日本での一年間

March 1, 2009

The Food in Hokkaido

Filed under: Domestic, Food, Hokkaido, Trips — myyearinjapan @ 2:41 am

While in Hokkaido, I made sure to try a bunch of the local specialties. Luckily, one of my friends who I traveled with was very knowledgeable about all the famous Sapporo dishes and where to find them. Below are some short explanation of each.

Soup Curry (スープカレー):
At Suage:

This is a specialty of Sapporo called Soup Curry (スープカレー). Unlike normal Japanese curry, which tends to be fairly mild, this curry was very spicy. But that was perfect to warm us up from the cold and snow outside.

This is a specialty of Sapporo called Soup Curry (スープカレー). Unlike normal Japanese curry, which tends to be fairly mild, this curry was very spicy. But that was perfect to warm us up from the cold and snow outside.

In this curry (same curry as above), is mochi (glutinous pounded rice ball), eggplant, cheese, chicken, an egg, carrots, etc. The rice was also necessary to deal with the spiciness. They allow you to choose the level of spiciness on a scale (at this restaurant, it went from 1 to 10) and we all chose a level that in retrospect might have been too high because were so used to excessively mild Japanese curry.

In this curry (same curry as above), is mochi (glutinous pounded rice ball), eggplant, cheese, chicken, an egg, carrots, etc. The rice was also necessary to deal with the spiciness. They allow you to choose the level of spiciness on a scale (at this restaurant, it went from 1 to 10) and we all chose a level that in retrospect might have been too high because we're so used to excessively mild Japanese curry.

At Spark:

I didnt like this Soup Curry as much. I thought the one above was much more delicious. All of the stores were pretty interesting. They all had a modern feel with simple design. Usually, when I imagine a Japanese restaurant with a regional specialty, its more of a traditional food and the restaurant would have a traditional feel, but since Soup Curry is not at all traditional, the restaurants have more free range to be a different style.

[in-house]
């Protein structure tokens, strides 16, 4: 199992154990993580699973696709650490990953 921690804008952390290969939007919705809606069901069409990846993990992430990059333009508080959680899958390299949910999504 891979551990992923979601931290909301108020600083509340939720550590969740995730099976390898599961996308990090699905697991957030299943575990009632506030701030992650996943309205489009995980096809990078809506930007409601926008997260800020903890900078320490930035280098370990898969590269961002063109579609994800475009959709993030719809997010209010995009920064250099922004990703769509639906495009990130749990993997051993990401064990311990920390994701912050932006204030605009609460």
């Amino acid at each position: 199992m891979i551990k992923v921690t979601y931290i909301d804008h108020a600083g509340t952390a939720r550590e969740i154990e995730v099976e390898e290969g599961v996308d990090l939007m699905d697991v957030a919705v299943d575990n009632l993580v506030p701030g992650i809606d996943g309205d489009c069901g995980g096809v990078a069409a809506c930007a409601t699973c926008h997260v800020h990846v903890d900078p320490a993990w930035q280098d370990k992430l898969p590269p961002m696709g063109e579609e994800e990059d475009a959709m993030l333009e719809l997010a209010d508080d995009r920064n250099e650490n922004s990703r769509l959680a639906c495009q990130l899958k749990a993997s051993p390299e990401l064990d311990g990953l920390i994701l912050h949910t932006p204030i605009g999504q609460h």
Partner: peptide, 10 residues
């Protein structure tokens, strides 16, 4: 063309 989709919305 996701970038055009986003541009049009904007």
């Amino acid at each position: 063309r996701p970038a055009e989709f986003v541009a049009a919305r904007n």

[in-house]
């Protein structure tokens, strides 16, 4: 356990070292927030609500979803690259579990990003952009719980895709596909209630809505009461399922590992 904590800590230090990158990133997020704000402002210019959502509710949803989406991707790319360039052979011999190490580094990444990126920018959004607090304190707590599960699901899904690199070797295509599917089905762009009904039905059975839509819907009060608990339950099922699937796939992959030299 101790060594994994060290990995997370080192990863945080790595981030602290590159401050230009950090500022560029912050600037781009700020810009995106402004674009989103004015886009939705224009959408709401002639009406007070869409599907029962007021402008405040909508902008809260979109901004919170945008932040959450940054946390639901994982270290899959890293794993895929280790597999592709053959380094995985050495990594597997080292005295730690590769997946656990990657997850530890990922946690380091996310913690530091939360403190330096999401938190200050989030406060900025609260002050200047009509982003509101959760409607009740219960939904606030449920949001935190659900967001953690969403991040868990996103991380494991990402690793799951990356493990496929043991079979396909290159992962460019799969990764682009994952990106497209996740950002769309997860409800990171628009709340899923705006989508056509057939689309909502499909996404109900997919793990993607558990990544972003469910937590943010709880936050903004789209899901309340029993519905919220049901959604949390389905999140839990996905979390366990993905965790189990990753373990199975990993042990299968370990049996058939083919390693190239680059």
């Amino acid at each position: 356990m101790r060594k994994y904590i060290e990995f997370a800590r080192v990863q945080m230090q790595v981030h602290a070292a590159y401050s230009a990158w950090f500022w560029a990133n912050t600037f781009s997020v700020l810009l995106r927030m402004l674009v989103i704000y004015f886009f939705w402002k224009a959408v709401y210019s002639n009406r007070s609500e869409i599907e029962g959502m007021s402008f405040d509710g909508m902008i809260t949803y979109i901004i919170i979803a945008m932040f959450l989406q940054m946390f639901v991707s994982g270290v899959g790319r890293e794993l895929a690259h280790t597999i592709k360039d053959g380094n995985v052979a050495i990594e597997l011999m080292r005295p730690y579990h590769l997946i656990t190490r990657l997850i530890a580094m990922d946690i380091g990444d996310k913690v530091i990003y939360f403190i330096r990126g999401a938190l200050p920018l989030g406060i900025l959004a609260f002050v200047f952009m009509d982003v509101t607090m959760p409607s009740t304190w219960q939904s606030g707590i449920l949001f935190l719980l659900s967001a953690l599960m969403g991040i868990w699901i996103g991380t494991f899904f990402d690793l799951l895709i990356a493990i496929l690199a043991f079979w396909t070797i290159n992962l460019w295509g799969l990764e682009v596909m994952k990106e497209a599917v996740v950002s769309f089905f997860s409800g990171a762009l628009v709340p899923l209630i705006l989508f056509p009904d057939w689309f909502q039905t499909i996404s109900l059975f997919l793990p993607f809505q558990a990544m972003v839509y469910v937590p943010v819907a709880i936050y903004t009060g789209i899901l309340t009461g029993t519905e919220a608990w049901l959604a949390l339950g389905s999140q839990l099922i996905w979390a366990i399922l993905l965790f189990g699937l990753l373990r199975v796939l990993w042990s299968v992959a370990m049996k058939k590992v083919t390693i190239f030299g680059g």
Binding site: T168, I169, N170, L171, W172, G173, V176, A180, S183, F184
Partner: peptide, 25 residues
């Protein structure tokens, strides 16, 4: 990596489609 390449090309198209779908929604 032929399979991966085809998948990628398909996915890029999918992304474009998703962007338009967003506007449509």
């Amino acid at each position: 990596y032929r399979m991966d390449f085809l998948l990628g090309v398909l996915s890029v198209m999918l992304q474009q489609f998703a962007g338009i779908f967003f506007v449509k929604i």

I didn't like this Soup Curry as much. I thought the one above was much more delicious. All of the stores were pretty interesting. They all had a modern feel with simple design. Usually, when I imagine a Japanese restaurant with a regional specialty, it's more of a traditional food and the restaurant would have a traditional feel, but since Soup Curry is not at all traditional, the restaurants have more free range to be a different style.

Butter Corn Ramen (バターコーンラーメン):

Mix the Japanese style Ramen noodles served in giant bowls with the Hokkaido made butter and corn and you have Sapporos ramen specialty: Butter Corn Ramen. It really looks like they just took a normal bowl of Miso ramen and piled some corn on it and a slab of butter before giving it to you. Its delicious though.

Mix the Japanese style Ramen noodles served in giant bowls with the Hokkaido made butter and corn and you have Sapporo's ramen specialty: Butter Corn Ramen. It really looks like they just took a normal bowl of Miso ramen and piled some corn on it and a slab of butter before giving it to you. It's delicious though.

Lamb Genghis Kahn (ラム成吉思汗 or ラムジンギスカン):